I delivered this devotional at the Christian Marketplace Network luncheon on Friday, December 11, 2009.
We say weâ€™re in the Christmas season, but for most Christians around the world, Christmas hasnâ€™t started yet. This is the Advent season, when we prepare for Christmas. The word â€œadventâ€ means â€œthe coming of something.â€ Specifically, we look for the coming of two events.
First, we go back in time and look forward to the birth of the Messiah. Israel waited centuries for the Messiah, while Mary awaited the Messiahâ€™s birth at any moment. Biblical scholars tell us that Jesus was probably born in the spring, not in December, but canâ€™t imagine Mary in this final month of pregnancy? She was physically ready for Jesusâ€™s birth. More importantly, she was spiritually ready for the Messiah to save Israel.
Secondly, Advent also looks forward to the second coming. We live in a time of â€œalready, but not yetâ€ – Jesus has already died for our sins and risen to give us new life, but we have not yet seen Godâ€™s kingdom established on earth.
December is a hard month. Weâ€™re supposed to be celebrating; at the same time, we canâ€™t help but think about our loved ones who arenâ€™t with us this year, about the people in our community who donâ€™t have enough food or money, about people around the world who lack basic necessities. We are singing great Christmas songs along with Star 93.3. At the same time, we are groaning prayers of hope.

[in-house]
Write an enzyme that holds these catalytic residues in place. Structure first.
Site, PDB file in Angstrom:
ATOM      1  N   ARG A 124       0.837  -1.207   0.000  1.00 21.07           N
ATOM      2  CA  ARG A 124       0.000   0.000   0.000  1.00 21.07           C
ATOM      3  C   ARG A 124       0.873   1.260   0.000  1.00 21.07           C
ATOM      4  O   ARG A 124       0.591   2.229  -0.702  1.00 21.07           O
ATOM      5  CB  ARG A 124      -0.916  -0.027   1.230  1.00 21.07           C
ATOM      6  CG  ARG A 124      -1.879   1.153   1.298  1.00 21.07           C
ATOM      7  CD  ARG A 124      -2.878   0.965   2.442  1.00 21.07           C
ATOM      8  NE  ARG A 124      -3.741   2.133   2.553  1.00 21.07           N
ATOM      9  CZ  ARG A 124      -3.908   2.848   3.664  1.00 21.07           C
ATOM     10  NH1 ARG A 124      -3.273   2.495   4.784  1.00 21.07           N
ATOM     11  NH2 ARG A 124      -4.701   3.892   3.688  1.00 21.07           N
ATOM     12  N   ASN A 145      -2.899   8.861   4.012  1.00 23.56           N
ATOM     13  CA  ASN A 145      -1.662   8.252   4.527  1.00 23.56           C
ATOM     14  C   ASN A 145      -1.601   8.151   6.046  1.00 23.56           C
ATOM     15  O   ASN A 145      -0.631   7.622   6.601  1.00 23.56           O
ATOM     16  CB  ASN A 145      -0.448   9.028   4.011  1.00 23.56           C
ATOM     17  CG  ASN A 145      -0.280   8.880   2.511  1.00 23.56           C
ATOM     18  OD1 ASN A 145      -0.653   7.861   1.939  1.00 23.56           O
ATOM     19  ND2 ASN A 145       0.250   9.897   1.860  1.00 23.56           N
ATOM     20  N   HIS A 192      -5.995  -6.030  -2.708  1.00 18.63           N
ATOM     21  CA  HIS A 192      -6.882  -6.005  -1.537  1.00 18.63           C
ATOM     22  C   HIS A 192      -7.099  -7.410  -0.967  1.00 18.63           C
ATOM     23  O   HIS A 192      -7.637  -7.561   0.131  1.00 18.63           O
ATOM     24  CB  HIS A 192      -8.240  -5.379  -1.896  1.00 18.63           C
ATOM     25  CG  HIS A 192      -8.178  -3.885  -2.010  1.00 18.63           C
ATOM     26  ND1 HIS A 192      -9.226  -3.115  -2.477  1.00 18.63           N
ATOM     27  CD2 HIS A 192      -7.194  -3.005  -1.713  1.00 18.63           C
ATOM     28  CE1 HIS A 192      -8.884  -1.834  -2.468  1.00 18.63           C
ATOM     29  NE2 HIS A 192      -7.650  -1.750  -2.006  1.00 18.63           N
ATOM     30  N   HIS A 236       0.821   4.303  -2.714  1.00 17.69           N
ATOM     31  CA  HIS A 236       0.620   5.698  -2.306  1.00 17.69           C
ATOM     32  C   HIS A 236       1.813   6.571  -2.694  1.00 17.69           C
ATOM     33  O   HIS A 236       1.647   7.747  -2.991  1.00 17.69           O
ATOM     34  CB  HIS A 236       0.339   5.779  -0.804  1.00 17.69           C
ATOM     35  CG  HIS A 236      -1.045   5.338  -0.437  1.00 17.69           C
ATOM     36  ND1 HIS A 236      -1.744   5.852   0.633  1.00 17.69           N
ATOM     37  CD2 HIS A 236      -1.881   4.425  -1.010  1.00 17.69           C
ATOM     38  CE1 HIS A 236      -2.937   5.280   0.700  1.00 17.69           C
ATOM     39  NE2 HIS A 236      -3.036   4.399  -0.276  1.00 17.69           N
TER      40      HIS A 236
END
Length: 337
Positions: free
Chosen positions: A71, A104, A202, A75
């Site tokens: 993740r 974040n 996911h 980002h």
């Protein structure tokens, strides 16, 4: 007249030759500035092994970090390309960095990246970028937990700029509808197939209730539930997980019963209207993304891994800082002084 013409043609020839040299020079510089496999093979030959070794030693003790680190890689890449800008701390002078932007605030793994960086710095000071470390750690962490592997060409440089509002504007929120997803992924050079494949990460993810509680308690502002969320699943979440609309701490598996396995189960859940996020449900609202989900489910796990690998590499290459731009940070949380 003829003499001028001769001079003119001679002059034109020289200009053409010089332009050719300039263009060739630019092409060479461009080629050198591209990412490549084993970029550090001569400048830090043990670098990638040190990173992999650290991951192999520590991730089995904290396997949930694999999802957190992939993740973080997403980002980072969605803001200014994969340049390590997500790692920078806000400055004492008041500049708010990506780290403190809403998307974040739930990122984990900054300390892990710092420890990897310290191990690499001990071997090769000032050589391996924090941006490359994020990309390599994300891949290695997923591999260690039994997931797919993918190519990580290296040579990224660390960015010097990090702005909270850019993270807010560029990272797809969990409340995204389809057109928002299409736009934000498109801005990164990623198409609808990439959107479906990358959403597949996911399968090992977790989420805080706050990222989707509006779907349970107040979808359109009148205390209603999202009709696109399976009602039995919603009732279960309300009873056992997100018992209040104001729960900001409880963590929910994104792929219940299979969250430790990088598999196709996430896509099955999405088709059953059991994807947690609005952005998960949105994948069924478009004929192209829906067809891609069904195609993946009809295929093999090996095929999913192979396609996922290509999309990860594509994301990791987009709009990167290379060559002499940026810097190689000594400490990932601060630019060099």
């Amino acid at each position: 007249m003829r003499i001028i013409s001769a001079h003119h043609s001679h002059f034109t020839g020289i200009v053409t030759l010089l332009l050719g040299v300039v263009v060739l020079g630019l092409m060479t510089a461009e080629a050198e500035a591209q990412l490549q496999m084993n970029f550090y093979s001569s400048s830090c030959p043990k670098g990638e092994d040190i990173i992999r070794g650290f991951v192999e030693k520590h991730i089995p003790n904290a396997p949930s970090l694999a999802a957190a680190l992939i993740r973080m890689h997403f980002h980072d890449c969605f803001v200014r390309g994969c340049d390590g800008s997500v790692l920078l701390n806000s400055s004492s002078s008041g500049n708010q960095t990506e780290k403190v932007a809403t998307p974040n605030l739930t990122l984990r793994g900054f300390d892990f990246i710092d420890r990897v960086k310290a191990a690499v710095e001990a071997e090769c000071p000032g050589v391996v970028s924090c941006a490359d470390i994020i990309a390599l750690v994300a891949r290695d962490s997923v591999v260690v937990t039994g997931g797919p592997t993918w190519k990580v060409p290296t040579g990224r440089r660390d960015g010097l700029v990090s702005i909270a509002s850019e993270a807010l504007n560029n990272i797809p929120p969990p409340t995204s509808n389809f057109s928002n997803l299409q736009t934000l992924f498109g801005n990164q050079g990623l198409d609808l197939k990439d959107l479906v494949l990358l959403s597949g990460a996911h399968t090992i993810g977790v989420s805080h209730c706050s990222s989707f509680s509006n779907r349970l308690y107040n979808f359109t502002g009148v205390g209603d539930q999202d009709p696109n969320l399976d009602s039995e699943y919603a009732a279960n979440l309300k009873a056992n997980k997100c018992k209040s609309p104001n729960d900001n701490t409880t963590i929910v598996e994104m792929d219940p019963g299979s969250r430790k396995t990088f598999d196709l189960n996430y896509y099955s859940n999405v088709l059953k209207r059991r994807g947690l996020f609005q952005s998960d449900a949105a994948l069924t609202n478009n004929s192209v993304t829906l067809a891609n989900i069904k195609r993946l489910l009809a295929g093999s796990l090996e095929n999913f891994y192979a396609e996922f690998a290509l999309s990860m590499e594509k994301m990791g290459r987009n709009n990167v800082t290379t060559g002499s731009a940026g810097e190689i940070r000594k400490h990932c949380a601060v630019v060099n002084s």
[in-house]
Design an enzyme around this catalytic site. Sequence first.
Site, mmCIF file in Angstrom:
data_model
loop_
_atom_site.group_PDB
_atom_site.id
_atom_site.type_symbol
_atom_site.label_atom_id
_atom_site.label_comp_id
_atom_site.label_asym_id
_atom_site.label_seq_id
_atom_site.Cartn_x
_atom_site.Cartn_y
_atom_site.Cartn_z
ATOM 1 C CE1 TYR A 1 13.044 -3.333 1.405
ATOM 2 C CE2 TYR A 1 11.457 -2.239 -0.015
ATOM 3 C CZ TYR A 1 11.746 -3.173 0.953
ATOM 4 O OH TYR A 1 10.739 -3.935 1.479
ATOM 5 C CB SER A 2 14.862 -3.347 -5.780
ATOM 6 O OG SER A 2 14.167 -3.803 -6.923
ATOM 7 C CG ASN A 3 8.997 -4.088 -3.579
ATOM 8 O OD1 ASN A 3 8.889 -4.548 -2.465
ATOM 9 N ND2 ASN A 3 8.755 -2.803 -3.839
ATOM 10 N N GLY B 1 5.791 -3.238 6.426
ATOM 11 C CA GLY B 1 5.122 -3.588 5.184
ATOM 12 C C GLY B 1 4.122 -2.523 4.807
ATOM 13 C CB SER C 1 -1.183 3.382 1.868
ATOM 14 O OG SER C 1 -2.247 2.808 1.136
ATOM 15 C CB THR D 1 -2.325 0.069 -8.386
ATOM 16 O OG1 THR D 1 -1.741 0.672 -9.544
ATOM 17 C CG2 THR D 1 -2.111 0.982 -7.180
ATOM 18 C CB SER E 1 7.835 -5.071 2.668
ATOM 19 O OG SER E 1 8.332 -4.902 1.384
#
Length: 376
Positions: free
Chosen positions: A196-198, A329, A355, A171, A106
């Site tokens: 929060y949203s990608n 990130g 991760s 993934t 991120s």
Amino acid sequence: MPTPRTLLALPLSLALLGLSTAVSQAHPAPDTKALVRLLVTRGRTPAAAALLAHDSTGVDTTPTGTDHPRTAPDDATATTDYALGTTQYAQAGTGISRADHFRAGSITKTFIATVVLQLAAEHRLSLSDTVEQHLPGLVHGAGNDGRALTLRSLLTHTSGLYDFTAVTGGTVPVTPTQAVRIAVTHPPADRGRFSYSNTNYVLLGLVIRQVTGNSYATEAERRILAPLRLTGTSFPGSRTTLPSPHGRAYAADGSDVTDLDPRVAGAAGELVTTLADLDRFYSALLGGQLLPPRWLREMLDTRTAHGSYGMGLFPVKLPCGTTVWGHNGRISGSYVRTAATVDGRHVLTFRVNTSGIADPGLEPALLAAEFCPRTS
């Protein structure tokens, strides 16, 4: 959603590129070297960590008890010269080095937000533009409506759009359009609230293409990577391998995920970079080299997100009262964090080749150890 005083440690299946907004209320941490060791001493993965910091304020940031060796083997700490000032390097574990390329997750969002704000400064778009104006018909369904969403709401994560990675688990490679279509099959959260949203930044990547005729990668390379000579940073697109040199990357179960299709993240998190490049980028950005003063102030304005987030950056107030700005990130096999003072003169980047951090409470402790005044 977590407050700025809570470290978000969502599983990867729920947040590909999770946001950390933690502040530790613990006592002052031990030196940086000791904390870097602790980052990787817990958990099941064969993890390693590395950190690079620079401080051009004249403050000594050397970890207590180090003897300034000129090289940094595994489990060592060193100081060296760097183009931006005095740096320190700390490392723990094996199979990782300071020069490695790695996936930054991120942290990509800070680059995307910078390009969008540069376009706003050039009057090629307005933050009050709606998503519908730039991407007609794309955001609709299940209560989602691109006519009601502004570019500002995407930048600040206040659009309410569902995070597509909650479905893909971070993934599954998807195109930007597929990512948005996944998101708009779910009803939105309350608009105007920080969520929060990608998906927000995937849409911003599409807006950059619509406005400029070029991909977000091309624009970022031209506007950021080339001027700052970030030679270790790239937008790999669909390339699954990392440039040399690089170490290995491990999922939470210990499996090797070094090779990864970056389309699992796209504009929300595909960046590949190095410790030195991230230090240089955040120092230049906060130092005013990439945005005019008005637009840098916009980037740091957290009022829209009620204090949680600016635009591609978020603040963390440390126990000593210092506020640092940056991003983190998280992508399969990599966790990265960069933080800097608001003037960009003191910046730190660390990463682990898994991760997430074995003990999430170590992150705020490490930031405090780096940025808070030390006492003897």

The prophet Isaiah knew this paradox very well. For years, he had warned Judah that their sins were going to lead to destruction. When that destruction was almost upon them, though, God gave Isaiah a message of hope that we still hear today. In Chapter 40 ,Isaiah delivers the words that we know so well from the ministry of John the Baptist, announcing the arrival of the Messiah.
A voice cries,
â€œIn the wilderness prepare the way of the Lord;
make straight in the desert a highway for our God.
Every valley shall be lifted up,
and every mountain and hill made low;
the uneven ground shall become level,
and the rough places plain.
And the glory of the Lord shall be revealed,
and all flesh shall see it together,
for the mouth of the Lord has spoken.â€
We see the glory of the Lord revealed in the infant Jesus, and we await the glory of the Lord to be revealed in full when Jesus returns. And so, this Christmas we pray, with Israel and the early church, â€œCome, Lord.â€